Under George W. Bush, America's approach toward North Korea became more confrontational, reversing Albright and Clinton's work and referring to the country as part of an "Axis of Evil," that included Iran and Saddam Hussein's Iraq.

But towards the end of his presidency, Bush's position became less hawkish. In 2007 he wrote a personal letter to Kim Jong Il, offering the prospect of normalized diplomatic relations in exchange for a full disclosure of North Korea's nuclear program and the renunciation of nuclear weapons.

A year later, Barack Obama came to power and in 2009, two American journalists were arrested in North Korea. Clinton flew to Pyongyang and negotiated their release. Then, in 2011, Kim Jong Il died and his son, Kim Jong Un, came to power.

Since then, Kim's contact with foreign leaders has been minimal. The most high-profile visit from a U.S. citizen to North Korea has been that of former NBA player Dennis Rodman, who visited Pyongyang twice, in 2014 and 2015.

Kim Jong Un has yet to make an official state visit abroad and neither a visit to Russia under Vladimir Putin's invitation nor a visit to China—Pyongyang's only significant ally—ever took place.

Who would take part in the negotiations?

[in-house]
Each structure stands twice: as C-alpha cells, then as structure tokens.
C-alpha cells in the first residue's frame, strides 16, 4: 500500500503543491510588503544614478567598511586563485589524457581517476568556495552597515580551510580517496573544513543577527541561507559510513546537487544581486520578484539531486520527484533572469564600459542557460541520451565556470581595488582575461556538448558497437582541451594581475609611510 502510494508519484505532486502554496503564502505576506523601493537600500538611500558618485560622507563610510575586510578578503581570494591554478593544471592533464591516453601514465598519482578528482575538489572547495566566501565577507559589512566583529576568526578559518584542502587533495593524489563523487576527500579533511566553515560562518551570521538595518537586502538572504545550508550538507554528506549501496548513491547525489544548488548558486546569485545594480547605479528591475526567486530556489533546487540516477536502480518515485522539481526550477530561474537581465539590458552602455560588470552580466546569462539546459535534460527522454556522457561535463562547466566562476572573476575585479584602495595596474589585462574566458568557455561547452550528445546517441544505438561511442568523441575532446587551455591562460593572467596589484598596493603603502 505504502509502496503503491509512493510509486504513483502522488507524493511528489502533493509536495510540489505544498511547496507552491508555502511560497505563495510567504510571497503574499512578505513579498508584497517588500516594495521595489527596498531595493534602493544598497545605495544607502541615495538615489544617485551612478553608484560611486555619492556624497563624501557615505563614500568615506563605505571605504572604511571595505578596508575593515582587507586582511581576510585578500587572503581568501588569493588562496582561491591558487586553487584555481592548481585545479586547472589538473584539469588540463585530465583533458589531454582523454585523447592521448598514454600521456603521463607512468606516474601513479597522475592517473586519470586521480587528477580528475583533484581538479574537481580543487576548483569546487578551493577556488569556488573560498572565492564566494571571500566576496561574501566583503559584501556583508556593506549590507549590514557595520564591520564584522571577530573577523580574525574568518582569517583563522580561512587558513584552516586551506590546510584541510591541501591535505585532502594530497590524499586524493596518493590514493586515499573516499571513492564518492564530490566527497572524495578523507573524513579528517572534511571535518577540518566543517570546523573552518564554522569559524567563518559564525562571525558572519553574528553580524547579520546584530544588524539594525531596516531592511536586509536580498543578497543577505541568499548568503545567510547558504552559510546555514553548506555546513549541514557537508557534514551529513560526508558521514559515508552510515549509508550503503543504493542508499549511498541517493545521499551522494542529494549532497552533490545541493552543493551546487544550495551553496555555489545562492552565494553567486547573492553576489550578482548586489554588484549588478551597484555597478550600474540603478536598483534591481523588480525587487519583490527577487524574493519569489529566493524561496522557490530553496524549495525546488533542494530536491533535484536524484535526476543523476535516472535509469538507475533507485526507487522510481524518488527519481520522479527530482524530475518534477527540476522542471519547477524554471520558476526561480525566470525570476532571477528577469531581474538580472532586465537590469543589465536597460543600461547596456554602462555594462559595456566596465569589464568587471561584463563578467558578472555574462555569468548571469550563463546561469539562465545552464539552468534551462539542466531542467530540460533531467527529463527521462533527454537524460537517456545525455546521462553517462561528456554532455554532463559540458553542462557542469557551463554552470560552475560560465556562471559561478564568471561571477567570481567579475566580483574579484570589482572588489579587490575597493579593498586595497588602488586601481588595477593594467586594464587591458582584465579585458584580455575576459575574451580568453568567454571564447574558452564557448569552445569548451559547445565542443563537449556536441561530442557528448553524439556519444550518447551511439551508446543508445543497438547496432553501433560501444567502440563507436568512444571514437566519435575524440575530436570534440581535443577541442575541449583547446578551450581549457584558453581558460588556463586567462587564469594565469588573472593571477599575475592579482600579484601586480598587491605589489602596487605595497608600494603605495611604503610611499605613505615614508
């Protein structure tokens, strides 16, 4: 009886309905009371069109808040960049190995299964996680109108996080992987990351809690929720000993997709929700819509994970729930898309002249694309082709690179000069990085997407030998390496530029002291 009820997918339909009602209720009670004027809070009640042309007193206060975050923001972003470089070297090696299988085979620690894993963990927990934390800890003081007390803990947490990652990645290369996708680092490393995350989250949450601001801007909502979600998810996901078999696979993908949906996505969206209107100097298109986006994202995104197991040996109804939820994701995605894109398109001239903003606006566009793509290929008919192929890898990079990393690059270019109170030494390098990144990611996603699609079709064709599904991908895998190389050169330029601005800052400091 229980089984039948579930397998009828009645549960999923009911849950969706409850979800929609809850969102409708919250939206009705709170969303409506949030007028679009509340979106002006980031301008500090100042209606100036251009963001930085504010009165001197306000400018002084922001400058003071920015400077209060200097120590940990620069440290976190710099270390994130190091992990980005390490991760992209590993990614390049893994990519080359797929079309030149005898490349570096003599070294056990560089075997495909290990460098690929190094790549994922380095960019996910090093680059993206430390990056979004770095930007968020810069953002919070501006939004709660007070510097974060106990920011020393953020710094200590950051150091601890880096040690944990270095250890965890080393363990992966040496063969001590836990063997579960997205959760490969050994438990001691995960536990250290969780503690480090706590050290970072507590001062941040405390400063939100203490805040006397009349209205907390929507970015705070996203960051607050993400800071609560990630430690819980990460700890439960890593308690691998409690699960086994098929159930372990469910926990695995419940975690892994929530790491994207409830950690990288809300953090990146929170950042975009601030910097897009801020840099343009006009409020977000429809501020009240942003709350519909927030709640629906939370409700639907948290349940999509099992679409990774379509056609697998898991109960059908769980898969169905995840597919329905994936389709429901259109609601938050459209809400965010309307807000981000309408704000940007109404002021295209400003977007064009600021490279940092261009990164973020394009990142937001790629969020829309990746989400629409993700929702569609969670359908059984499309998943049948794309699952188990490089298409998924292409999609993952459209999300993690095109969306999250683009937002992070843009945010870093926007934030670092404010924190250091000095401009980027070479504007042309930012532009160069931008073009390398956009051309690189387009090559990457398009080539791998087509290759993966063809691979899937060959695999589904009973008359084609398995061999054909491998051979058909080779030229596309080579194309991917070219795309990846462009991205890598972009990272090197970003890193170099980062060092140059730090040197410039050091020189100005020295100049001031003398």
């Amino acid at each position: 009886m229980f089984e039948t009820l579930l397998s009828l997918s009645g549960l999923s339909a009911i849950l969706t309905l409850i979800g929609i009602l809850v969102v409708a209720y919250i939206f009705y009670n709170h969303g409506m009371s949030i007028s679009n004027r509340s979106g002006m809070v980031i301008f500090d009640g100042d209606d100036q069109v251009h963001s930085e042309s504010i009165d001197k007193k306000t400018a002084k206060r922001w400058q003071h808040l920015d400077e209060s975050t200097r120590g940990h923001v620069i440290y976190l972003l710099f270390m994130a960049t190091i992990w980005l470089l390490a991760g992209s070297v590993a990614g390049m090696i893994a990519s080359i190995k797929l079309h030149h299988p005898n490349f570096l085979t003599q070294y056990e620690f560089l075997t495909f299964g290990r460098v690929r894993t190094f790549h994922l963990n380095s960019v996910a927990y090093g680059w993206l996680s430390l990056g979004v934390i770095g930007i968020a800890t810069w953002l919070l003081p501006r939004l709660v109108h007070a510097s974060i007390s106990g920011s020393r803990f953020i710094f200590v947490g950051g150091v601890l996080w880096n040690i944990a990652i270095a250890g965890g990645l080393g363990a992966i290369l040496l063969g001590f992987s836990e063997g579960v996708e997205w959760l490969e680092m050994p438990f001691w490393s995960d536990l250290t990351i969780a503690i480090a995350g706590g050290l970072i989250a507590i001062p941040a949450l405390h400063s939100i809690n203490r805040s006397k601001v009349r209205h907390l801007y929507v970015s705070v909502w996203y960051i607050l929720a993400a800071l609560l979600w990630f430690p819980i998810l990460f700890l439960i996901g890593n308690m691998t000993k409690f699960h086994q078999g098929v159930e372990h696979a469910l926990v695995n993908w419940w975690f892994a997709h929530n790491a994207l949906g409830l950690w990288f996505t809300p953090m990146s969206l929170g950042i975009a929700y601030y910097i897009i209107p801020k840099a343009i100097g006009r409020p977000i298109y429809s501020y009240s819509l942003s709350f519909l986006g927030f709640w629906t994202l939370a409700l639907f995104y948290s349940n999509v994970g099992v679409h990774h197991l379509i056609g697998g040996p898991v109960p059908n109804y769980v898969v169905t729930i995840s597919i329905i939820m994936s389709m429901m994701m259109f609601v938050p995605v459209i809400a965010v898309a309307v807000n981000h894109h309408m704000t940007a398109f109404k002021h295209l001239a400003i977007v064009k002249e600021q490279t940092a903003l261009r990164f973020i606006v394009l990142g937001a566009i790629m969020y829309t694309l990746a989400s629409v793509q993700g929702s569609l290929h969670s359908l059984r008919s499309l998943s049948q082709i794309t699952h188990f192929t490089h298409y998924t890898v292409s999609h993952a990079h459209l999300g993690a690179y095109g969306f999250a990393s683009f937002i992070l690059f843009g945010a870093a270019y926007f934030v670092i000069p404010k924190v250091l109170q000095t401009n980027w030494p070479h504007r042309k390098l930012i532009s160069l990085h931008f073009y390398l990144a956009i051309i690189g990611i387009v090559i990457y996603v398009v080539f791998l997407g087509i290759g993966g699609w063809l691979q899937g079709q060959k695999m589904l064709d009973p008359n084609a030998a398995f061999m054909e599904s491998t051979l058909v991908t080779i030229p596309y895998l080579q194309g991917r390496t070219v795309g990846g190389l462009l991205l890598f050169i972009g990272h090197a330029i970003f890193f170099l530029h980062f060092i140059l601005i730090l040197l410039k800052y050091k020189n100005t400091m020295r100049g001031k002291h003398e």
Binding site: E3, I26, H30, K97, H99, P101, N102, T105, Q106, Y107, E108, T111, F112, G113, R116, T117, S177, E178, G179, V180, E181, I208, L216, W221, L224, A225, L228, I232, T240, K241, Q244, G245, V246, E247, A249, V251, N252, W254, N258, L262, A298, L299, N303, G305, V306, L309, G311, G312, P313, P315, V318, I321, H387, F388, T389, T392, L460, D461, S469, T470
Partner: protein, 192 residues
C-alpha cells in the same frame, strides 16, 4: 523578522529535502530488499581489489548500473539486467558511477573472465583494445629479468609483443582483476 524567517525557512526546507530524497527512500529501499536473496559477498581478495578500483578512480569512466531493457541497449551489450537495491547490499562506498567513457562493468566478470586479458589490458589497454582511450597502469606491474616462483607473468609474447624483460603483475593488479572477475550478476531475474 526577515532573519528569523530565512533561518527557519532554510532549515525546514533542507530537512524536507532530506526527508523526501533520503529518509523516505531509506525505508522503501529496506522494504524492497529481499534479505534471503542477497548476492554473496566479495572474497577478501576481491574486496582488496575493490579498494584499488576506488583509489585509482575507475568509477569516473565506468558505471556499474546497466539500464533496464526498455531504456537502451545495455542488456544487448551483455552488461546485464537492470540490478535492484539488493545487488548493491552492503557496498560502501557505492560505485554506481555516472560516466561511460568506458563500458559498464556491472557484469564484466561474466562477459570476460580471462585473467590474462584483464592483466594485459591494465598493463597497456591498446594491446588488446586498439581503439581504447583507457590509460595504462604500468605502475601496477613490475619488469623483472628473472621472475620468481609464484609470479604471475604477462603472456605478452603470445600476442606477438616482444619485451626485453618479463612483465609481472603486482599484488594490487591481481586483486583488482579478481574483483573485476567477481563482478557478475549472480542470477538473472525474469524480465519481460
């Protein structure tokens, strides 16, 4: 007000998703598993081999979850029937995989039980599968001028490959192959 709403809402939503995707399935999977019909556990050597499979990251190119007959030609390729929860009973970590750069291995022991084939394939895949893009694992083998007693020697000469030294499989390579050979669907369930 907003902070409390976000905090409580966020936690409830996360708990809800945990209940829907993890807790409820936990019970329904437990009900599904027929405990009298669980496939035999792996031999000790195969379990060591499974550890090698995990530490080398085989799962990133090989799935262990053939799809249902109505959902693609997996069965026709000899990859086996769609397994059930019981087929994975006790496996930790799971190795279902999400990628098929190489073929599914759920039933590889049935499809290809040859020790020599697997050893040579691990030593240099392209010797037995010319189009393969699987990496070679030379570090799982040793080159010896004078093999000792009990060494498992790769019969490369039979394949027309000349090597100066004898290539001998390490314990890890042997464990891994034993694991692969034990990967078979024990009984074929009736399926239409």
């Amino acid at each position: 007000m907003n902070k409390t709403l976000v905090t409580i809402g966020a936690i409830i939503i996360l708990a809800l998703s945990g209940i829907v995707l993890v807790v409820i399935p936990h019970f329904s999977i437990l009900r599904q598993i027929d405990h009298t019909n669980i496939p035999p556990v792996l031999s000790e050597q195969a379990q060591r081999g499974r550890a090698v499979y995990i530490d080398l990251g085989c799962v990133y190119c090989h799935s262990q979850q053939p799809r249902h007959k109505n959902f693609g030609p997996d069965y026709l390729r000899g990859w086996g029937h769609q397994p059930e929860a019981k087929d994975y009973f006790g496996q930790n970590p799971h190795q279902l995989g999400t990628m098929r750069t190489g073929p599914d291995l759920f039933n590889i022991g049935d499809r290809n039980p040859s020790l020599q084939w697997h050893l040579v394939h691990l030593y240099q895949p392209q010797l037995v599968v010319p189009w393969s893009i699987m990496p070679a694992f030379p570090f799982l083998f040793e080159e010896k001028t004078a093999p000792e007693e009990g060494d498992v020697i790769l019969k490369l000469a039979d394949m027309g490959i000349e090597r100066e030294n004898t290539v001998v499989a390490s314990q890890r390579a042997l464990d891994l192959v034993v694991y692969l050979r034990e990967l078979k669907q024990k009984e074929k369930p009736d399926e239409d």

In possible negotiations, North Korea would be represented by either the minister of foreign affairs, currently Ri Yong Ho, or his deputy Han Song Ryol. On the other side, the U.S. would likely be represented by the U.S. Special Representative for North Korea Policy, currently Joseph Y Yun.

China and South Korea would also have a seat at the table, likely represented by their envoys for North Korean affairs. Japan and Russia, as the other big regional players, may also be present.

While they would not necessarily be part of the negotiations, Trump recently invited leaders of South Asian nations such as the Philippines, Singapore and Thailand to the U.S. to discuss cooperating in order to contain Pyongyang's aggression.

Philippine President Rodrigo Duterte has yet to accept the invitation. After welcoming the visit of three Chinese warships to his home town of Davao City on May 1, Duterte told reporters his schedule is already packed with engagements that would make a trip to Washington difficult to fit in.

"I am tied up. I cannot make any definite promise. I am supposed to go to Russia, I am supposed to go to Israel," he said, as quoted by AFP.

A former American colony and a traditional ally, the Philippines have realigned away from the U.S. and closer to China under Duterte's leadership.

Trump's invitation, which occurred during a phone call with Duterte on April 29, sparked controversy in the U.S. because of Duterte's so-called "war on drugs" in which thousands of presumed drug dealers have been shot dead in the streets of the Philippines in summary killings.

White House chief of staff Reince Priebus said the invitation to Duterte was meant to discuss North Korea's nuclear threat with a traditional South Asian partner rather than simply honoring the Philippine president. Appearing on ABC's This Week on Sunday, Priebus said: "If something does happen in North Korea, that we have everyone in line backing up a plan of action that may need to be put together with our partners in the area."